A foreign institutional investor (FII) manages currency risks (inflation and exchange rate risk) by using traditional tools – such as interest swaps and currency swaps – and by taking advantage of any special programs that the host country has designed to entice foreign investment. For example, the Reserve Bank of India established a program in 2014 to help FIIs hedge currency risks. Since an FII is not necessarily a foreign direct investor, there may or may not be transaction currency risks to committed cash flows.

The term "foreign institutional investor" most frequently refers to non-Indian companies trading in Indian stock exchanges. These are different from the qualified foreign institutional investors operating in Chinese securities markets.

Interest Swaps and Currency Swaps

All firms are sensitive to interest rate risks and inflation risks, but FIIs must contend with domestic and foreign risks at the same time; different currencies have different interest rates.

To compensate, an FII can engage in interest rate and currency swaps with a counterparty company. Each company exchanges a series of cash flows from similar debt services. Think of this as a series of forward contracts in the forex market, with the additional agreement that principal balances are swapped at the end of the series.

India and the Reserve Bank Hedge

The Reserve Bank of India (RBI) helps foreign investors in Indian debt instruments to hedge coupon receipts against currency risks. The RBI has proposed working with the Securities and Exchange Board of India (SEBI) to allow FIIs to hedge currency risk with exchange-traded currency futures.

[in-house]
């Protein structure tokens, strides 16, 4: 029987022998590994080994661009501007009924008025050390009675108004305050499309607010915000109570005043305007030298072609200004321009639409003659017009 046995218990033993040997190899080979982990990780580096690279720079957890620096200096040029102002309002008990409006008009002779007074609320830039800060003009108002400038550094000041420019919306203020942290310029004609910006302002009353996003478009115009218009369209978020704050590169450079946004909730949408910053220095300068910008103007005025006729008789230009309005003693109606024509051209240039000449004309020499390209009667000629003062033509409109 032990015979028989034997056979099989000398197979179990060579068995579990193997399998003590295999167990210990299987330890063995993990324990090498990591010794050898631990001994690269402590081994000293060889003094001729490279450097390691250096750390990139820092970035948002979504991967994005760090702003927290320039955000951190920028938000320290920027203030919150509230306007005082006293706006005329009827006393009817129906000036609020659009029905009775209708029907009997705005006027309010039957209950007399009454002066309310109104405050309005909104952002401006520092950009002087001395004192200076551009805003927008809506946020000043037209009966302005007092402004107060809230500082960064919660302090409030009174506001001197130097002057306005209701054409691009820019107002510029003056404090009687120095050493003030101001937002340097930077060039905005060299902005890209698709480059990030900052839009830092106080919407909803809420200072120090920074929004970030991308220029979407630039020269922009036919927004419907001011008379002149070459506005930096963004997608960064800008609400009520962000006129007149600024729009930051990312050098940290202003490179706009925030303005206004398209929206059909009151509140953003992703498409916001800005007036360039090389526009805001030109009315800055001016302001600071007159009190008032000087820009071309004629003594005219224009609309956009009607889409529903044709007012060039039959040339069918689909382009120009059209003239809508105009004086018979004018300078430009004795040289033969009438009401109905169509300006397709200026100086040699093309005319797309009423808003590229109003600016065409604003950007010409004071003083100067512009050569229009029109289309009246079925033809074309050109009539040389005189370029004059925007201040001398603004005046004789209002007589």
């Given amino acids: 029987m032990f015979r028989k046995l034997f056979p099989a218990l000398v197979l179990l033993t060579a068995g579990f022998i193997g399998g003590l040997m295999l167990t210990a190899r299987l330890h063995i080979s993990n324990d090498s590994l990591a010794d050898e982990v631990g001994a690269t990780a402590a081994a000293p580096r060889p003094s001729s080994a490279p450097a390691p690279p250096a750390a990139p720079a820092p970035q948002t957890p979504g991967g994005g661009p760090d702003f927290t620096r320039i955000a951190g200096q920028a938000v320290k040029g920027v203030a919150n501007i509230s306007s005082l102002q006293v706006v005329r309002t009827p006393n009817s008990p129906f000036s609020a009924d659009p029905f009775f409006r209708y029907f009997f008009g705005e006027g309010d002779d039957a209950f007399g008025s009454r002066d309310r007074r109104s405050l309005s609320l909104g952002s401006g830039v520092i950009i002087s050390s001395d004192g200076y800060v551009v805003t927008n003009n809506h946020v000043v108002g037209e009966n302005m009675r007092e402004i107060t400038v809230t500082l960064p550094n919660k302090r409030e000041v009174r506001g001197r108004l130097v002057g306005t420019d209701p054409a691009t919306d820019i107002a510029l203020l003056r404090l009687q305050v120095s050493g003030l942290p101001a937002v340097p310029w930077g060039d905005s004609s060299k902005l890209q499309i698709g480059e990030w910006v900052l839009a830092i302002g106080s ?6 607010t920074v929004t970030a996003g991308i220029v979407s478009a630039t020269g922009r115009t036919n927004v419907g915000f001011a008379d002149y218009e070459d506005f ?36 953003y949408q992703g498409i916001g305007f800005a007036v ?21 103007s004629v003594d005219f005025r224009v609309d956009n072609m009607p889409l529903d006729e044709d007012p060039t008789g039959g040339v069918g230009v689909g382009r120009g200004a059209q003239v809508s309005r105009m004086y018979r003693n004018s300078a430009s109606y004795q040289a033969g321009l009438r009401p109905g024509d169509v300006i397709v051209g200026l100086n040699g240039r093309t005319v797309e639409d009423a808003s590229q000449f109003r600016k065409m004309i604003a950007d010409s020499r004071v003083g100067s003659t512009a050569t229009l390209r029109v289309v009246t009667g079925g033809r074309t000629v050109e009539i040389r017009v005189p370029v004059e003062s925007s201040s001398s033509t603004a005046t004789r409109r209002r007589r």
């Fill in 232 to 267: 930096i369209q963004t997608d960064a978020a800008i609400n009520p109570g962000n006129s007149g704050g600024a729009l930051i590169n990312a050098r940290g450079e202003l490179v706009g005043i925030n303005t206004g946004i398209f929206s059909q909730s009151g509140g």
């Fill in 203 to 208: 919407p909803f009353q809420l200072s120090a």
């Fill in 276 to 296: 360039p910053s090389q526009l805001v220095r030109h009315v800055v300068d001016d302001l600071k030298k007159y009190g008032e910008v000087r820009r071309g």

These measures are designed to help companies that hold claims to rupee-denominated coupon payments from losing real returns due to a falling rupee value.

  1. What risks does a Foreign Institutional Investor (FII) face?

    Read about the types of risks that a foreign institutional investor faces when trading in Indian stock exchanges and dealing ... Read Answer >>
  2. What are some risks a company takes when entering a currency swap?

    Read about the risks associated with performing a currency swap, including counterparty credit risk in the event that one ... Read Answer >>
  3. How do companies benefit from interest rate and currency swaps?

    An interest rate swap involves the exchange of cash flows between two parties based on interest payments for a particular ... Read Answer >>
  4. What would motivate an entity to enter into a swap agreement?

    Learn why parties enter into swap agreements to hedge their risks, and understand how the different legs of a swap agreement ... Read Answer >>
  5. Can bond traders trade on interest rate swaps?

    Read about interest rate swaps and why these transactions are performed by institutional actors in the bond market, not individual ... Read Answer >>
  6. Do interest rate swaps trade on the open market?

    Learn how interest rate swaps are traded on the OTC and interbank markets, and how these swaps can be used to arbitrage different ... Read Answer >>
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